Harry admits bombshell memoir Spare contradicts legal claims during gruelling testimony in High Court hacking trial

6 June 2023, 18:21 | Updated: 6 June 2023, 18:27

Prince Harry admitted in High Court that his memoir contradicts his testimony.
Prince Harry admitted in High Court that his memoir contradicts his testimony. Picture: Alamy

By Jenny Medlicott

Prince Harry has confessed to High Court his memoir Spare contradicts some of the claims he made in his legal testimony against Mirror Group Newspapers.

Prince Harry told court on Tuesday that he could not remember if he wanted to meet his mother’s former butler Paul Burrell, even though the duke claimed his opposition to the meeting allegedly caused a dispute between him and Prince William.

A 2003 article in The People reported that the brothers were in disagreement over whether to meet Mr Burrell, Princess Diana’s former butler who wrote a “tell-all” book about the Princess after her death.

The Prince of Wales wanted to meet the former butler so they could put a stop to any future stories being published. But the article claimed the Duke of Sussex had no intention of meeting Mr Burrell because he was a “two-faced s***”.

Harry’s lawyer, David Sherborne, claimed this report was responsible for the erosion of Harry and William’s relationship, as it sowed “seeds of discord”.

When Harry was questioned about the piece, it was pointed out to him that this seeming opposition he had to the meeting was omitted from his memoir, Spare.

Andrew Green KC, for MGN said: “There is no suggestion in Spare that you were firmly against a meeting.”

Harry replied: “No, because I wrote it when I was 38 years old and in this story I was 18. I assume I would have wanted a meeting…I’d love to give him a piece of my mind.”

When finally pushed, the duke admitted: “I can’t remember whether I wanted a meeting or not.”

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Read more: Prince Harry claims tabloid rumours about his biological father were ‘plan to oust him from royal family’

Read more: From James Hewitt to Paul Burrell: Five key claims from Prince Harry's explosive phone hacking witness statement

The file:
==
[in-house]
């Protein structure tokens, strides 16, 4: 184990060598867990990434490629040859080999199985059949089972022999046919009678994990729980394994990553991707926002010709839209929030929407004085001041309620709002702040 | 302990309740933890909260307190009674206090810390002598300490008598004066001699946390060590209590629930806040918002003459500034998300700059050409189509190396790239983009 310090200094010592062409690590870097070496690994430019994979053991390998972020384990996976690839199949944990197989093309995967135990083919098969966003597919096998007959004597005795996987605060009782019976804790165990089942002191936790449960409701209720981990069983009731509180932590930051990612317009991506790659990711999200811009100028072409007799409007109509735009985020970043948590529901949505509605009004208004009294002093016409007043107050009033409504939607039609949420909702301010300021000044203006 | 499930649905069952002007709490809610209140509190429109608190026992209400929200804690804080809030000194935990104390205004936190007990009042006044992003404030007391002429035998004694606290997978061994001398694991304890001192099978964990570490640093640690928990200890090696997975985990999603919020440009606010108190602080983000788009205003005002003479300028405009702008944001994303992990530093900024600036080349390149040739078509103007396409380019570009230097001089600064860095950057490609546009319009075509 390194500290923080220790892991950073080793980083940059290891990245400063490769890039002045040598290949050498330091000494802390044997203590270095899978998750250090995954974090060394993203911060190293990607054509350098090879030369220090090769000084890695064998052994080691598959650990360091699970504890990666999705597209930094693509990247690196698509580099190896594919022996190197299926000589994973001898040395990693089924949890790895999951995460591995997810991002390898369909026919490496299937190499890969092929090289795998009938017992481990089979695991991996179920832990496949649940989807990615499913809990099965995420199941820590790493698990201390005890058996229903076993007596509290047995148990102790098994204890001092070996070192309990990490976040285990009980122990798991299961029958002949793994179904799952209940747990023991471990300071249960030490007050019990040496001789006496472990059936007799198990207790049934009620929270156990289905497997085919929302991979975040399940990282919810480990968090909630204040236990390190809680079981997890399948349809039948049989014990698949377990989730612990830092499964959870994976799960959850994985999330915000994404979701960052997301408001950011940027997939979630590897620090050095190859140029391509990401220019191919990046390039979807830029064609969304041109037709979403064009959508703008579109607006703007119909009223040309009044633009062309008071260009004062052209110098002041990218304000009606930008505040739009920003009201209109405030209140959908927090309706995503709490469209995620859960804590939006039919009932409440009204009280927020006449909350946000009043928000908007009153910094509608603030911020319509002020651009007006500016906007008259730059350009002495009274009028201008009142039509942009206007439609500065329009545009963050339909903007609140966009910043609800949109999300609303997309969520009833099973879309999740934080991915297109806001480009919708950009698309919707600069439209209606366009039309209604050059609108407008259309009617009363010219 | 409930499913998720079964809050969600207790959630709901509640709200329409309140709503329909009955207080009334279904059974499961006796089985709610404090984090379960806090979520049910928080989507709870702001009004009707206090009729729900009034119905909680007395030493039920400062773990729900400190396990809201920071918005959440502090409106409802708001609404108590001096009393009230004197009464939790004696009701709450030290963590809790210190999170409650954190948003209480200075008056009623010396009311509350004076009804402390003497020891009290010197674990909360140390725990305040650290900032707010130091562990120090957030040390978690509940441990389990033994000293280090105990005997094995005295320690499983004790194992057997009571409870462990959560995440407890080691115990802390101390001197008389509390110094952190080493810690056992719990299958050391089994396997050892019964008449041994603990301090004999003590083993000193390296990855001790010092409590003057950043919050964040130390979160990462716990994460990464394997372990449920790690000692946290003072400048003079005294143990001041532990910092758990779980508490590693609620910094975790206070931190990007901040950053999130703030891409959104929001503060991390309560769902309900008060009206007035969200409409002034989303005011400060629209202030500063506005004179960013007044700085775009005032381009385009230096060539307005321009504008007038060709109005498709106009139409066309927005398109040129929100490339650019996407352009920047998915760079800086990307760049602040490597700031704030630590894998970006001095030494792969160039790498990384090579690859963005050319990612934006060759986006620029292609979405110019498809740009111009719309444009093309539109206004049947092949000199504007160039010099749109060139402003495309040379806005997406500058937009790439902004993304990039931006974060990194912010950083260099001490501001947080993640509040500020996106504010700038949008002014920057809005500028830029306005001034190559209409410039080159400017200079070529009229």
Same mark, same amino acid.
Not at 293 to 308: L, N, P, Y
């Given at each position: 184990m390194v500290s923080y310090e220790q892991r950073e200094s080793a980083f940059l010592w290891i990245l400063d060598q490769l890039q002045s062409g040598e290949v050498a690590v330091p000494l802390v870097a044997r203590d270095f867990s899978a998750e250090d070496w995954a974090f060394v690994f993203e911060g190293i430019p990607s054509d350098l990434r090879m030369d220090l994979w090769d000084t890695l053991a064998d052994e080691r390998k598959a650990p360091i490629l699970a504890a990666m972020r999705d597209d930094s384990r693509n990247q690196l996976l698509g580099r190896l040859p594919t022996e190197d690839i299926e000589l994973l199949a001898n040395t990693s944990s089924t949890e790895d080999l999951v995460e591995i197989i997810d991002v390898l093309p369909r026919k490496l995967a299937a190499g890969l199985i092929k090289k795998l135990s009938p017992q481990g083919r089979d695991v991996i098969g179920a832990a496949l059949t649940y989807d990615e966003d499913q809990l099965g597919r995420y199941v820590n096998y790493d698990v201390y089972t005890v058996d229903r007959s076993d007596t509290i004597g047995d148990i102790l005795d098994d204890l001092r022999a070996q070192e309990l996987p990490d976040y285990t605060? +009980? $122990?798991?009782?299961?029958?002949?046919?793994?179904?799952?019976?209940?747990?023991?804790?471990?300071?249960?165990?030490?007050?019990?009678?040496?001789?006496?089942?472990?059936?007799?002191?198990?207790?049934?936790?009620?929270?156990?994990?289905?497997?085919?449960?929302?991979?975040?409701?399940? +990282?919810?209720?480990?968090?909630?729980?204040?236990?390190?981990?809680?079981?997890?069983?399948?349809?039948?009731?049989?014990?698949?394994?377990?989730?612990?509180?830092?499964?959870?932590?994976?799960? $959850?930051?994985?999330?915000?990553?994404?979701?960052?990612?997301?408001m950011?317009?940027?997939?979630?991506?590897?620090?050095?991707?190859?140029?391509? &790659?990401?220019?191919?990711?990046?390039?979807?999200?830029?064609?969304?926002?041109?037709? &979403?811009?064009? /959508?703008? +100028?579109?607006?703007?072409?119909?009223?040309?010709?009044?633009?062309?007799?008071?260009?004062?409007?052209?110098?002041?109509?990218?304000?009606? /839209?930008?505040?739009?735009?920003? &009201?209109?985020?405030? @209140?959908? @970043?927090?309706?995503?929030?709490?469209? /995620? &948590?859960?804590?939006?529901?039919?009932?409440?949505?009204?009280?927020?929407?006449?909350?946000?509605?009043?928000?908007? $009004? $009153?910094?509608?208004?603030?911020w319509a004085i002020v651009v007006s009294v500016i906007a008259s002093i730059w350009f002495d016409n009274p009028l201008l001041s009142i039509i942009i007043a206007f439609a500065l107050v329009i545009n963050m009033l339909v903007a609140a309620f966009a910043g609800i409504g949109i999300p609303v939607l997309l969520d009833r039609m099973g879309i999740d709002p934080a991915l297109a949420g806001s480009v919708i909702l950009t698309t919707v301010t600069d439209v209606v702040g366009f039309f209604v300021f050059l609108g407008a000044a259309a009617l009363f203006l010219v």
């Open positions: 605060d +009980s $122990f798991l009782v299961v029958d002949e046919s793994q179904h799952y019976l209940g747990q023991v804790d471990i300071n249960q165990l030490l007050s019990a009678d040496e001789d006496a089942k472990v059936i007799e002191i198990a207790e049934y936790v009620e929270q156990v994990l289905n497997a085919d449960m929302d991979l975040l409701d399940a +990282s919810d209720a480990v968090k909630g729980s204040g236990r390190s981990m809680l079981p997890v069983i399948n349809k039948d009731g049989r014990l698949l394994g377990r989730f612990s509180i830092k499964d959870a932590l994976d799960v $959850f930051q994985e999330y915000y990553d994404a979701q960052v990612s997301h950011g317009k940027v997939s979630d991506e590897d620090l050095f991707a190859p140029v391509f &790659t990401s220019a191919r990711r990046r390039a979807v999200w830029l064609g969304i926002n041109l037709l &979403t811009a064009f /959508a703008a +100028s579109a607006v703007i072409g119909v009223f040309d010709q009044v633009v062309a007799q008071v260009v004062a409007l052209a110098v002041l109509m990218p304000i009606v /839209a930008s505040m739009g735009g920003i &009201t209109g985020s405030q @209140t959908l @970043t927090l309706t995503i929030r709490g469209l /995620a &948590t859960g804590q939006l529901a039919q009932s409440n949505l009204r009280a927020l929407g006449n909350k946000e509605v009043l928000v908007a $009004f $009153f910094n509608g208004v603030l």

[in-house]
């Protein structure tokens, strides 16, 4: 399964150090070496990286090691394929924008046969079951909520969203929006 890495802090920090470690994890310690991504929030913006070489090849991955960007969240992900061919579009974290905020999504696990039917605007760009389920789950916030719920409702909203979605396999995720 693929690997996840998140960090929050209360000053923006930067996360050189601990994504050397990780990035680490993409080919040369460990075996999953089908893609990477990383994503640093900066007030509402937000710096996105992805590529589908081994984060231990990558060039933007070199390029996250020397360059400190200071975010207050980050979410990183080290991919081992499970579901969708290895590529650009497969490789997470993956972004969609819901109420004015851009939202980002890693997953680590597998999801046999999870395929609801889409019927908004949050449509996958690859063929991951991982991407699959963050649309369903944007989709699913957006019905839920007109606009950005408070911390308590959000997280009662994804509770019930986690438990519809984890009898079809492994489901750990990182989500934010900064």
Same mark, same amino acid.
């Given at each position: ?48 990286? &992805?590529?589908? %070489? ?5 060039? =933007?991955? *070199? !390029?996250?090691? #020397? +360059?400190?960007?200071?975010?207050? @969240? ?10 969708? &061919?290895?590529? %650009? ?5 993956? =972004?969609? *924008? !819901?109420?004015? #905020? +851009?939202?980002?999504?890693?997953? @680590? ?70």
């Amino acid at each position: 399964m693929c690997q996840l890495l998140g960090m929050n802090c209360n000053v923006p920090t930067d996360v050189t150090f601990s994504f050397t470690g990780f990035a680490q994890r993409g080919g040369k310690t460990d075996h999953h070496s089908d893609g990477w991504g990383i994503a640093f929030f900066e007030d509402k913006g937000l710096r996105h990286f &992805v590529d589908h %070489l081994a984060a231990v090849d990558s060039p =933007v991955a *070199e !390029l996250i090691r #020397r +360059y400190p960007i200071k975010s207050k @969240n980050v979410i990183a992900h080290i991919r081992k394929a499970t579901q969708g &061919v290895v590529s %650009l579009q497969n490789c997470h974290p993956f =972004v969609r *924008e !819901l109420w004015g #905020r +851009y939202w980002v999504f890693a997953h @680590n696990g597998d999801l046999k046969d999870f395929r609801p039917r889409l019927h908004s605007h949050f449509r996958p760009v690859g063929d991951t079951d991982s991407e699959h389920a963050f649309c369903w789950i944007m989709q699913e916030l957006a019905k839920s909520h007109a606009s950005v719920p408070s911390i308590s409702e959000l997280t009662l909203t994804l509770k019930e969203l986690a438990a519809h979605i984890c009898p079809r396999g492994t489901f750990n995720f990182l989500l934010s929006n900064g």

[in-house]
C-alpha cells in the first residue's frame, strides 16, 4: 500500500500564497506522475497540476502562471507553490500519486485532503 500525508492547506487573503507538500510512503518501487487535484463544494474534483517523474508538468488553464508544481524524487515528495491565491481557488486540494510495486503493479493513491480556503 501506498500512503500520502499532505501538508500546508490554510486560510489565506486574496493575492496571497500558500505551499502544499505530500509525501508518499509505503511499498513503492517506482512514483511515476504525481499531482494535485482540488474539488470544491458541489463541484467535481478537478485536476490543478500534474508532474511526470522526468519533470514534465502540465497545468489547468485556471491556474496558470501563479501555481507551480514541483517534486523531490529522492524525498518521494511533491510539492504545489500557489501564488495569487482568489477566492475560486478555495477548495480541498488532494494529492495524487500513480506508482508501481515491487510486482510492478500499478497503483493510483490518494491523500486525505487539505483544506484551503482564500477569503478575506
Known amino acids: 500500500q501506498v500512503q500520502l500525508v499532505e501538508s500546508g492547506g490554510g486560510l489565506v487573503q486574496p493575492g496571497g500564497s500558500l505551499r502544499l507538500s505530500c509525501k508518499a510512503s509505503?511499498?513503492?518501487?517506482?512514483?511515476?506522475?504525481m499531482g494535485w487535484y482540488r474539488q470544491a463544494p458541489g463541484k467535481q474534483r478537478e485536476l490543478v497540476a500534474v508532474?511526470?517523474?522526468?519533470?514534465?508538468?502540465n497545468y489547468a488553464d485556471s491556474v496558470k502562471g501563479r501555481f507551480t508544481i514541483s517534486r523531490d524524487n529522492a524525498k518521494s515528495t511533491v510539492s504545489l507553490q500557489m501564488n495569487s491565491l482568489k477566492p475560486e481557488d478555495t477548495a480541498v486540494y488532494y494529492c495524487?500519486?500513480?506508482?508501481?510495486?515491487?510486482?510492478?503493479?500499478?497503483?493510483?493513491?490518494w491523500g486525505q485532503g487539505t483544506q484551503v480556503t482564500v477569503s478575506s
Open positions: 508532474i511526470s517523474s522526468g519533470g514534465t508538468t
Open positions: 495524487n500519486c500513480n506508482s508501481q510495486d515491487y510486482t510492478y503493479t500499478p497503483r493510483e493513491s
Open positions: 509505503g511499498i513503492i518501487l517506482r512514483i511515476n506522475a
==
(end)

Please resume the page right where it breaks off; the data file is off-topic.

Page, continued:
The duke was cross-examined on the second day of the trial.
The duke was cross-examined on the second day of the trial. Picture: Alamy

The duke's case against Mirror Group Newspapers (MGN) started on Monday, when his Barrister David Sherborne claimed he was subjected to unlawful information-gathering activity.

Also referenced in his evidence was an article from The People in 2002, headlined ‘Plot to rob the DNA of Harry’, as it claimed Harry’s DNA needed to be checked to be sure who his father was.

Princess Diana had an affair with Major James Hewitt, which sparked a media frenzy and raised questions about the duke’s parentage at the time.

The duke described the stories as: “Hurtful, mean and cruel. I was always left questioning the motives behind the stories.

“Were the newspapers keen to put doubt into the minds of the public so I might be ousted from the royal family?”

He said in his witness statement: “Numerous newspapers had reported a rumour that my biological father was James Hewitt, a man my mother had a relationship with after I was born.

“At the time of this article and others similar to it, I wasn’t actually aware that my mother hadn’t met Major Hewitt until after I was born.”

Read more: Prince Harry lashes out at Piers Morgan over 'barrage of horrific attacks and intimidation' aimed at him and Meghan

Read more: Softly-spoken Harry visibly 'warmed up' as he unleashed his 'bombshell evidence,' says LBC reporter

Harry also referenced rumours previously made in the press about his parentage.
Harry also referenced rumours previously made in the press about his parentage. Picture: Alamy
Harry's testimony reads 55 pages long.
Harry's testimony reads 55 pages long. Picture: Alamy

It was also put to the duke that he said he was first first issued with a mobile phone when he went to Eton in 1998, but the case claims the hackings started as early as 1996.

Harry replied: "That's incorrect. My security at school had a separate room with a land line."

He said "most Sunday nights", after being dropped off by his mother "the first thing we would do is to use the phone to ring her... in floods of tears".

He also said it could have been his mother who was hacked, but Mr Green replied "that's just speculation you've come up with now".

Addressing the High Court in his opening statement yesterday, Harry’s lawyer said the hackings started "right from when he was a young boy at school" into adulthood, adding “nothing was sacrosanct or out of bounds."

The duke’s witness testimony, which is 55 pages long, also alleges that the press wants to break up his marriage with Meghan Markle.

"This twisted objective is still pursued to this day even though I’m now married," he said.

"I simply don’t understand (and never have) how the inner, private details of my relationships ... could have anything to do with the well-being of society or the running of the country and therefore be in the public interest."

Harry arrived outside the Rolls Building in central London at 9.36am in a black Range Rover, wearing a black suit.

He walked into the building without answering reporters' questions before passing security checks inside.

The Duke will return to the witness box for further cross-examination on Wednesday.

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